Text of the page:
I started out as a shareware developer in the late 90’s, initially working on a CSS editing product on VB4 among other tools for Web Developers (or Webmasters as they were then known!). Eventually I decided that I should join the corporate world, to learn about how big organisations operate and work with people smarter and more experienced than me. So I applied for and got a job with an IT consultancy.
During my time there I was mentored by a team of DBAs working with Oracle 8i. They were working on a sighting database as part of a government initiative for the protection of endangered wildlife. It was my first exposure to an “industrial-grade” DBMS, and the enthusiasm those guys had for their craft left an impression that would set the tone for the next decade of my career.
After a couple of years of consulting work, I changed to a more permanent team role within a retail finance company and moved away from Oracle to the Microsoft toolstack. Moving to SQL Server 2000 was something of a revelation: I remember thinking to myself, “Wow, databases can be friendly?”. I was particularly taken with DTS and how readily large amounts of data could be shuffled around from server-to-server. Enterprise Manager and its point-and-click query and table designers unleashed all sorts of possibilities for me. In time, however, I would learn that these GUI tools could also be dangerous if not applied with proper forethought and due care.
I have to admit that the whole RDBMS paradigm didn’t come that easily to me. Initially I saw it simply as a way to persist my application object data; something I later learned was quite common among AppDevs (Grant Frichey summed up this quandary well in his article on DBA/Developer communication). But in time I came to appreciate the subtleties of working with relational databases and got to grips with deployment techniques, like how to preserve the integrity of a schema during table object changes.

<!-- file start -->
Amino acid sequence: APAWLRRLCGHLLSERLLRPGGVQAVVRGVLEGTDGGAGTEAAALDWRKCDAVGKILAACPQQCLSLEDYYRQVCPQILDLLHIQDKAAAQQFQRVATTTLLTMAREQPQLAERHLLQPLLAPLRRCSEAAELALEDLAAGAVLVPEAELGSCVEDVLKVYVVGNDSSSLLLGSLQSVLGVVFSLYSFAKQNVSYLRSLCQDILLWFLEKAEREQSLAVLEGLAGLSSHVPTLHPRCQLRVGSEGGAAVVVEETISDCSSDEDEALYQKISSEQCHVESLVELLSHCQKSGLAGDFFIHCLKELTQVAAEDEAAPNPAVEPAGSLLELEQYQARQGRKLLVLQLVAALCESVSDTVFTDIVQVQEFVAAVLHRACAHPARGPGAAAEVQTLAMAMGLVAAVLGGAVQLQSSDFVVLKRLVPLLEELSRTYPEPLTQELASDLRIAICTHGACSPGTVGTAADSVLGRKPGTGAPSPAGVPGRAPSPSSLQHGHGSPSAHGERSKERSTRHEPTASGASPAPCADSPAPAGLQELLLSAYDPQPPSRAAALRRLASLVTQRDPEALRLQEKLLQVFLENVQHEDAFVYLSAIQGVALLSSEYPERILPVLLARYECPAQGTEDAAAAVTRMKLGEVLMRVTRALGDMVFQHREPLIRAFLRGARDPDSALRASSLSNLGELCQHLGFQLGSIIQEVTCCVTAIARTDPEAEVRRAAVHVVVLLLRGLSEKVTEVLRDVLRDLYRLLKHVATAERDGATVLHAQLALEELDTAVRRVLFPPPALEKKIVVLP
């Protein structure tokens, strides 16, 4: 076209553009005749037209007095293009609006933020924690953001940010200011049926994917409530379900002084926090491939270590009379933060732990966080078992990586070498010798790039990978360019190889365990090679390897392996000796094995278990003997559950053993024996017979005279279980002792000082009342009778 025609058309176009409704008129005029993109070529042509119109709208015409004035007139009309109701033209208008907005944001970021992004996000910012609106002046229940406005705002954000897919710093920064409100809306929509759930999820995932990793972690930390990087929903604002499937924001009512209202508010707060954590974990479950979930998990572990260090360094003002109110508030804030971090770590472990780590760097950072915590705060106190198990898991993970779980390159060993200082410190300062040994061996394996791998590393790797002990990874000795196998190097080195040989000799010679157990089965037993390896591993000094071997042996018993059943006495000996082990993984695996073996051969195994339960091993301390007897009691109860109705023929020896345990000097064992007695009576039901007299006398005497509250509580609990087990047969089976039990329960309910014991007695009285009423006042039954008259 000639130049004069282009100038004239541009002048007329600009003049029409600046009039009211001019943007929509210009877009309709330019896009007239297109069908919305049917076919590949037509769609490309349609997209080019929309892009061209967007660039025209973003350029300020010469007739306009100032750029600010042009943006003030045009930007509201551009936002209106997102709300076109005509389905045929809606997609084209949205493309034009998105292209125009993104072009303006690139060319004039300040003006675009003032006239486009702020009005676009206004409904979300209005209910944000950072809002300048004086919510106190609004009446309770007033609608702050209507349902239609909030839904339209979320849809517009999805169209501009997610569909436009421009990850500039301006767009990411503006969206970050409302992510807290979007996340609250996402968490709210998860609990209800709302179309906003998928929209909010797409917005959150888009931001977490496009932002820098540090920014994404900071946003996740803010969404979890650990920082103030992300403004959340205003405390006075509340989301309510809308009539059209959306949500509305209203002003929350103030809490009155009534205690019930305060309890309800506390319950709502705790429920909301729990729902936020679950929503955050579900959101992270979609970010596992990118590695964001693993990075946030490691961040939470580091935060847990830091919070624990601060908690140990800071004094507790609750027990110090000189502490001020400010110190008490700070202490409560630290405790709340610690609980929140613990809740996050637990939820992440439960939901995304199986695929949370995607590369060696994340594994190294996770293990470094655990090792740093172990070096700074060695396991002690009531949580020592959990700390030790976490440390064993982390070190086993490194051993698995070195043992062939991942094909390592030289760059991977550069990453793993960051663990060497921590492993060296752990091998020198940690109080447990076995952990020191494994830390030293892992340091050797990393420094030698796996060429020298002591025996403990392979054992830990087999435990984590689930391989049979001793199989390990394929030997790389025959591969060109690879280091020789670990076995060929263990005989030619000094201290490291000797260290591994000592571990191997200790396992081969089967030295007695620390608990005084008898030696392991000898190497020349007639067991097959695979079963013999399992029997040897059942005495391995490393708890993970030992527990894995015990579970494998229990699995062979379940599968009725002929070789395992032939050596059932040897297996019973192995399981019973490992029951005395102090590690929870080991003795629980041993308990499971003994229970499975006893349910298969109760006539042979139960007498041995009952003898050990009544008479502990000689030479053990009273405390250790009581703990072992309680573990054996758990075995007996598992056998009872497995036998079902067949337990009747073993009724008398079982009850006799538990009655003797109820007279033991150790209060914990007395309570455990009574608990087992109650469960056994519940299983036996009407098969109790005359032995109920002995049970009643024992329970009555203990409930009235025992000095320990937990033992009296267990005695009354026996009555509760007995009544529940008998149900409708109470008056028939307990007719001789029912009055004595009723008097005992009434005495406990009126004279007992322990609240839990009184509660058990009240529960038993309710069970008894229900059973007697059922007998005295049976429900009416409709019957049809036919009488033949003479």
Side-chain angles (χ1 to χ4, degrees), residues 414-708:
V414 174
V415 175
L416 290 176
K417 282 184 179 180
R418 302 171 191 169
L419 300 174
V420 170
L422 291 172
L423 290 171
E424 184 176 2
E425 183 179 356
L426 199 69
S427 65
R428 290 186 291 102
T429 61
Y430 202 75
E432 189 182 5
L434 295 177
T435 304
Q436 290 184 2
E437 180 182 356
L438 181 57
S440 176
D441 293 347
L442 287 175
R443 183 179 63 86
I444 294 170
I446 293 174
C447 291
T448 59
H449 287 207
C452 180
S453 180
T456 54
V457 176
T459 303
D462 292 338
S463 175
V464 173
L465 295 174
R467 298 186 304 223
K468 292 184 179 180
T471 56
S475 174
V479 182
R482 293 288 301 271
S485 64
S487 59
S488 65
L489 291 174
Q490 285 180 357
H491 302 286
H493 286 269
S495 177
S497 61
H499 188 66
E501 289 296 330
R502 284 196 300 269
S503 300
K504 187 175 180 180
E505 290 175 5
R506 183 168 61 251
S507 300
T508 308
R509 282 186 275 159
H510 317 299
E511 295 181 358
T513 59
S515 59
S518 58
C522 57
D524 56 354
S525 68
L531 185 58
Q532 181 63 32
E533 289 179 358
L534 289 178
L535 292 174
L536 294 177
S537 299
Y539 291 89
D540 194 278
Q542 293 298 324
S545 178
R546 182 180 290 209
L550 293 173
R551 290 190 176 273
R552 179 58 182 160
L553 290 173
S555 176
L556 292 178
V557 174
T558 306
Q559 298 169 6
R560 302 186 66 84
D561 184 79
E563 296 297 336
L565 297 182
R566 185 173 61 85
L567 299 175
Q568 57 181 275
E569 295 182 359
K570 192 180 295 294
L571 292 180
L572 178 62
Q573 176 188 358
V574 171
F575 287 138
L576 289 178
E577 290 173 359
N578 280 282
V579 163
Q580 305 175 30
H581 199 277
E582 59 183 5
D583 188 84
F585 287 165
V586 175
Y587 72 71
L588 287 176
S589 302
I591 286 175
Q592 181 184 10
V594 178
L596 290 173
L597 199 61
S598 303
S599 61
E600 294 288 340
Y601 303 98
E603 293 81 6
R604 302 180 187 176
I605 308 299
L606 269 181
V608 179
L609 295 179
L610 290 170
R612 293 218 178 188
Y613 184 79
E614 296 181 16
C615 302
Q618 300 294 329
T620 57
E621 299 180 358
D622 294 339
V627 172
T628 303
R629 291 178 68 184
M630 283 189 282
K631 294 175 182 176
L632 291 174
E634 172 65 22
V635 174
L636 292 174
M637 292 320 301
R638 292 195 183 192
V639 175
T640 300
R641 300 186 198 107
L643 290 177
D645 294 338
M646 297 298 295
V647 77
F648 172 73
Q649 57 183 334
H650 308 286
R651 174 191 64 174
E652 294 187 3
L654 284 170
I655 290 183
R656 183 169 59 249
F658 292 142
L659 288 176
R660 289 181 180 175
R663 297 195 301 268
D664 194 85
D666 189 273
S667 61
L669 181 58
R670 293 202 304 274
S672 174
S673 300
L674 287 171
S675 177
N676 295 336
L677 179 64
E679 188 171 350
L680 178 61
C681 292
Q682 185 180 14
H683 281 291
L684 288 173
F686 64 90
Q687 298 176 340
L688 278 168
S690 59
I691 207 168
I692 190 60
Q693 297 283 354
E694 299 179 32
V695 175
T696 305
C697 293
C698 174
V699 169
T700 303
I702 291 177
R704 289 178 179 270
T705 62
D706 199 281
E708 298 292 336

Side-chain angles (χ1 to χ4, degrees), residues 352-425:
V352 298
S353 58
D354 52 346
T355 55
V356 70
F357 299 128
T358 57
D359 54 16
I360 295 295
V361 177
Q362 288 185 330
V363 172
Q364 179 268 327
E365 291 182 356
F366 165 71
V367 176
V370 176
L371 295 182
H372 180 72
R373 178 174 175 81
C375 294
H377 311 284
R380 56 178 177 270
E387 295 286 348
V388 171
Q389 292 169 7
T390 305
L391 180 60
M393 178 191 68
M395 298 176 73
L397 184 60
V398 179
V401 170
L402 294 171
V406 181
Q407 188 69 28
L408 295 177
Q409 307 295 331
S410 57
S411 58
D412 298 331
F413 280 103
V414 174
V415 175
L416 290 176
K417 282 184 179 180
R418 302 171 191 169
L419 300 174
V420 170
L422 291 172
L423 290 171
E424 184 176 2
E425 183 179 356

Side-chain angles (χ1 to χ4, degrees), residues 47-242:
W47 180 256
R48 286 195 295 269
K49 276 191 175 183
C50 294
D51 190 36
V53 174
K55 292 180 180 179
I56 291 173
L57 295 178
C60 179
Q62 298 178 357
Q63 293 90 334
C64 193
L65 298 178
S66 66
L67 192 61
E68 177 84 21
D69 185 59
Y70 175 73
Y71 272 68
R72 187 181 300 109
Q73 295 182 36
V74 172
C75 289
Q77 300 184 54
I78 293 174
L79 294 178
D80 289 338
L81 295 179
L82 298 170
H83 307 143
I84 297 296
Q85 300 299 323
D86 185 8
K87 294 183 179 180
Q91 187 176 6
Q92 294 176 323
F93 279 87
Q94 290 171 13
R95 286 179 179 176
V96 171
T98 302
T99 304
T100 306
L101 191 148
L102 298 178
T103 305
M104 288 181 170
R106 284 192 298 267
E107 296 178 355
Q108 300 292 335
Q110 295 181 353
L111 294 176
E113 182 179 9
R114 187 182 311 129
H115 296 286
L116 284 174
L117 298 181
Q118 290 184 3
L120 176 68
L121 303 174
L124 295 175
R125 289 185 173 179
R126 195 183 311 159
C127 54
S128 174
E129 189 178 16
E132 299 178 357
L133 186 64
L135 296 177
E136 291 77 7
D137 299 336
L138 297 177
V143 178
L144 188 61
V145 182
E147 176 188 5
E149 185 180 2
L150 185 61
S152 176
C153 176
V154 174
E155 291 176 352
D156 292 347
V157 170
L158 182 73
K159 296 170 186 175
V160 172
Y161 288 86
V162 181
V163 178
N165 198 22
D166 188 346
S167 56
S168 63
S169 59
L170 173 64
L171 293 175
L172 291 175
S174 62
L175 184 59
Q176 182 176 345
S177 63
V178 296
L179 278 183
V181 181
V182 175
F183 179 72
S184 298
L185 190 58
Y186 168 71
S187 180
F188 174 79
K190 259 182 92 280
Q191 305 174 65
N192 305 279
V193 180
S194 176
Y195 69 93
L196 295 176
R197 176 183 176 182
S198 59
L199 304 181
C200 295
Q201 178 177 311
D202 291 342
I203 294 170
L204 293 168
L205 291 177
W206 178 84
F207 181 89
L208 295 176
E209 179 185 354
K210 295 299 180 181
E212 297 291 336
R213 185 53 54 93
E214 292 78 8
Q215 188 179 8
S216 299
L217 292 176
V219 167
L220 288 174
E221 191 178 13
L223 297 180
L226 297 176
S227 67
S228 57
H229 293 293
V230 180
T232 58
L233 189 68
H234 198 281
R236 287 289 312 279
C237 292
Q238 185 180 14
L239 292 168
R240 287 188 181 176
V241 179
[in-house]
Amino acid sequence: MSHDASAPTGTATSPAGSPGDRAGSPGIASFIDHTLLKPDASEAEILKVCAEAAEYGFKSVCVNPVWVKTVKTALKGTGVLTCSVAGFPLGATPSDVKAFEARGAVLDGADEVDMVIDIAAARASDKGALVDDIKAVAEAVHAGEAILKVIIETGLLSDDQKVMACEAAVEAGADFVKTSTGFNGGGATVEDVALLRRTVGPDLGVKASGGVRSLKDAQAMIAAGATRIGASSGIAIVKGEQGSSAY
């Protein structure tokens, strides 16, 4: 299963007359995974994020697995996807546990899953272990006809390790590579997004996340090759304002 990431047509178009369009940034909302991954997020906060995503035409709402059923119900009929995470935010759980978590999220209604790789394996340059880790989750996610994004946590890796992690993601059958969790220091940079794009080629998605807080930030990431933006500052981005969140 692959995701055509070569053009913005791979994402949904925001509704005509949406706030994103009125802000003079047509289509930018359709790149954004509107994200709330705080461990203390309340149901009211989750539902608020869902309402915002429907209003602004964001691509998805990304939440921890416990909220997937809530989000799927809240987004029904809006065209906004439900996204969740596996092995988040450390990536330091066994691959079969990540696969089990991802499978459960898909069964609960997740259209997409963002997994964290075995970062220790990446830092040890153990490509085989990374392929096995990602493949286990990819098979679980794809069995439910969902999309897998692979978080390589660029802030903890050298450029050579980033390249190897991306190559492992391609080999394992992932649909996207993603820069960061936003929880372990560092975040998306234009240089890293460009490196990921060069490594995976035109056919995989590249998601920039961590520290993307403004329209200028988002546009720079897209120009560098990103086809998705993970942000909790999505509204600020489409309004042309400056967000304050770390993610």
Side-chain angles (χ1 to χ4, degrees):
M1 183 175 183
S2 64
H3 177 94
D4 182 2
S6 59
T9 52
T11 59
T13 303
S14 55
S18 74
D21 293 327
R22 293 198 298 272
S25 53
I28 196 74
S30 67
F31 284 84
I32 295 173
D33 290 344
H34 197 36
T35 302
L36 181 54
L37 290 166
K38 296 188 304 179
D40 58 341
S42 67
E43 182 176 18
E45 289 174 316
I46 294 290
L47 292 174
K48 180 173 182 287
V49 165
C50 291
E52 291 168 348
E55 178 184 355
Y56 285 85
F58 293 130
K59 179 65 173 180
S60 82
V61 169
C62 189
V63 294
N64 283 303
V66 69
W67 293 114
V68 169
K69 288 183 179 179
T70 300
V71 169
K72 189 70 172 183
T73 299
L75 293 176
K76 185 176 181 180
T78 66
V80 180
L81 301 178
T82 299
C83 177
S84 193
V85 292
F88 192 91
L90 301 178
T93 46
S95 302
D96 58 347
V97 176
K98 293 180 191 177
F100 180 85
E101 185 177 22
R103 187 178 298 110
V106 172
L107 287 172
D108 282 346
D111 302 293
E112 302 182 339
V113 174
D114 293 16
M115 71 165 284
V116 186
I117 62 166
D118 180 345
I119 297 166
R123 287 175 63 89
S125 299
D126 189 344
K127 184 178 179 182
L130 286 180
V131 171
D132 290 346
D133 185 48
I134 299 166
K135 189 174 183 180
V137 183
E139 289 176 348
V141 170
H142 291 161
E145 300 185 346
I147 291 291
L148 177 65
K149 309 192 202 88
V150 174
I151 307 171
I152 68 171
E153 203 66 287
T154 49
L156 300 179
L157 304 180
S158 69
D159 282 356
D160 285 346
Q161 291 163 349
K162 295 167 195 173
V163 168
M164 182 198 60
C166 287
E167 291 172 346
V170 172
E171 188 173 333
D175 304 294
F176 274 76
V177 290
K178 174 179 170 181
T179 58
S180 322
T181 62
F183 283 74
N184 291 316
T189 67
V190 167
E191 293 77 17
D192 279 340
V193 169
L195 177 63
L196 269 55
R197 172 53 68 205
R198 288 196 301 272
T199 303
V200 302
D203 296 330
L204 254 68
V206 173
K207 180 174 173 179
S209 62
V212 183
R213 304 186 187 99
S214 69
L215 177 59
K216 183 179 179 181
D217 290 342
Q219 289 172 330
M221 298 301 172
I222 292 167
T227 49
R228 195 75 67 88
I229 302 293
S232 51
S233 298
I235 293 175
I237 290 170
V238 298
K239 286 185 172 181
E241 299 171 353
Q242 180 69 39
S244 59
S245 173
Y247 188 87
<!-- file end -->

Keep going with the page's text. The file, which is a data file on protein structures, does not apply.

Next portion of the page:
As our team started to face the pressures of shorter release cycles, and as tensions between Devs and DBAs became evermore frayed, my manager and I saw a need for a role that would keep the wheels of our application lifecycle turning. So for 3 years I did nothing but prepare and execute releases to our enterprise contact centre systems, working with both teams to find ways to make our deployments go a little smoother and a little faster each time. I discovered the wonders of Continuous Integration with TeamCity, integrating our build process with a Compare API, which helped us with our deployments as well as keep our environments in-sync. My manager helped me put a DevOps team together and over time we got deployments down to a fine art, making the best of our ever-narrowing release windows.
I enjoyed this work so much I recently quit my job to develop and market a tool for database professionals. So in a way my career has come full circle with a return to independent software development. The difference to when I started out 15 years ago is that the vernacular has now changed from “shareware developer” to “Micro-ISV”. Times may have changed and certainly the tools for software development and deployment have come a long way, but in a lot of ways database development tools are still stuck in the dark ages. Having worked on both sides of the Dev and DBA divide, I have been fortunate to gain an interesting perspective on the challenges faced with software delivery and operations.
So the gauntlet that I’ve now thrown down for myself is to make the best of that opportunity: to help teams work more harmoniously and simply get more releases out the door.